The Missouri River Bird Observatory is currently operated by the MRBO founders, one long-term assistant, and seasonal research assistants and interns.
Missouri River Bird Observatory Founders Dana Ripper & Ethan Duke
Ethan and Dana bring many years of field research
and public education experience to MRBO.
Dana Ripper – Director
Dana is a native of Illinois but moved to Hong Kong with her family at a young age and attended elementary and middle school there. She chose to return to her hometown of Naperville where she received her bachelor’s degree in biology at North Central College. Although she earned the 1998 “Biology Student of the Year” award, Dana missed her commencement ceremony as she was already off pursing her career with a posting at Long Point Bird Observatory in Ontario, Canada. Already it was evident her focus would be avian ecology and conservation.
In 2000 Dana enrolled at Arkansas State University to obtain her Master’s Degree in Wildlife Biology. Her thesis on habitat use by Hairy Woodpeckers in western Washington State took her again to the top of class and awards.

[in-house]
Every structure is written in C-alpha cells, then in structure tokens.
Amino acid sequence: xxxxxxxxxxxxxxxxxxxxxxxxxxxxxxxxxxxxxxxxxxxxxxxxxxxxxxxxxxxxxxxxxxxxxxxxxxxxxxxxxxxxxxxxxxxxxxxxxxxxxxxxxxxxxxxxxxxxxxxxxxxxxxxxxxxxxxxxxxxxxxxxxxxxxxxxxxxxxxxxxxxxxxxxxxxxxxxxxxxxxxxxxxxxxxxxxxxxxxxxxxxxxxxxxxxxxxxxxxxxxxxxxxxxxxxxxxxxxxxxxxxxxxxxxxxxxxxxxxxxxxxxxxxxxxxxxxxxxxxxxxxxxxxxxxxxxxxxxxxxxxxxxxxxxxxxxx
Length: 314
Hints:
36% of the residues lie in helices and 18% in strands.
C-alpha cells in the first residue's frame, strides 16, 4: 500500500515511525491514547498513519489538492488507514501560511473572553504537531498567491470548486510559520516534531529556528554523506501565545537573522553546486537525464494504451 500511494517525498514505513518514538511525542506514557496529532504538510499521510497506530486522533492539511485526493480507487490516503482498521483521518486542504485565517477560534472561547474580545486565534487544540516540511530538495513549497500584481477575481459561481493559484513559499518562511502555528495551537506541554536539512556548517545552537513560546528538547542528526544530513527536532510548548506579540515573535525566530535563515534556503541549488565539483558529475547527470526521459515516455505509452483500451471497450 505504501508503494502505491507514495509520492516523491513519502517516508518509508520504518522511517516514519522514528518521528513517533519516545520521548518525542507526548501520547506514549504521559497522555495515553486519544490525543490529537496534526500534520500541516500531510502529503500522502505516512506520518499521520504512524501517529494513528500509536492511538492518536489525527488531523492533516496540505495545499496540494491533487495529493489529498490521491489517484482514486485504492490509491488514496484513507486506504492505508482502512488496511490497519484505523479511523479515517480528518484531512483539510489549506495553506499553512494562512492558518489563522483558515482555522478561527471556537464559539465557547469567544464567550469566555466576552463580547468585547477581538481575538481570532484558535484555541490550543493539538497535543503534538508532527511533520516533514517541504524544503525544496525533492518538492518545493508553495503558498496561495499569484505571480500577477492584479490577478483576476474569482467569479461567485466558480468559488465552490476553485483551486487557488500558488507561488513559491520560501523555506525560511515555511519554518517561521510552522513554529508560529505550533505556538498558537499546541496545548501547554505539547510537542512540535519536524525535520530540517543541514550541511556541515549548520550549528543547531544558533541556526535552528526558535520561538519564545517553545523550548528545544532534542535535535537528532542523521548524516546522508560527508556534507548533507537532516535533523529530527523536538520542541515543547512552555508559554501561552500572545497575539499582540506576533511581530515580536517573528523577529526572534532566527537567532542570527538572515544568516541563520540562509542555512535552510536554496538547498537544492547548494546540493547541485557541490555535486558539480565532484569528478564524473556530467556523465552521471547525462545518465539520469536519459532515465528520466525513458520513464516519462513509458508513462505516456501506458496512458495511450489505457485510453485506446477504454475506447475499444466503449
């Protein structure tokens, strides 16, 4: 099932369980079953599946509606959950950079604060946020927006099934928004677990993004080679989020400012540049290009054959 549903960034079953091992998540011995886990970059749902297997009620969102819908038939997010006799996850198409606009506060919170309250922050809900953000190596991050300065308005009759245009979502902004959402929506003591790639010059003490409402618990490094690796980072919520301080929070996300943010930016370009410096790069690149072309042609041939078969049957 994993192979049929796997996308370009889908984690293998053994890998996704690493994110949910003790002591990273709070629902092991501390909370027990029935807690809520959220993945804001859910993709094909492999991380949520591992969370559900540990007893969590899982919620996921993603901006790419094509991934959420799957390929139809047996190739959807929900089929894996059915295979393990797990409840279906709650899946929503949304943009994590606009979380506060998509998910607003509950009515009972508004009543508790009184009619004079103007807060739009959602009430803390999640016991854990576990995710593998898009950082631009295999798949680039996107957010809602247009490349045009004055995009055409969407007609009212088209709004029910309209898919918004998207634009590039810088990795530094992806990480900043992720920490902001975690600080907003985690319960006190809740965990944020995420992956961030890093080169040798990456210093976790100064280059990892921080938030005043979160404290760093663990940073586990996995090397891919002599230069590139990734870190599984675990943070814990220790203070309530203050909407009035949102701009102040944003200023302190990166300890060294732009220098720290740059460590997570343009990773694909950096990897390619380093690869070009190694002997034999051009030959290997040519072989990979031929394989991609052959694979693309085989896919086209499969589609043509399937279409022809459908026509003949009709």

The move to Missouri in 2008 was a pivotal point in Dana’s life. In a very short time she established a relationship with the Missouri Department of Conservation. Her early work at Grand Pass in conjunction with MDC served as the foundation for the founding of MRBO.
Anyone who has the opportunity to meet Dana will immediately feel her passion for avian conservation. She will enthuse on her vision for research and monitoring of bird populations; not just for the sake of knowledge in and of itself but for the purpose of putting that knowledge to work to save declining bird populations across the state and beyond.
“Our work at MRBO needs to be executed on a long term basis”, Dana explained. “Monitoring in a fixed location must be ongoing to obtain proper data. More widespread off-site monitoring is also necessary to assess a variety of different habitats and impacts on the landscape scale.” The findings of MRBO are shared with state, federal and private agencies.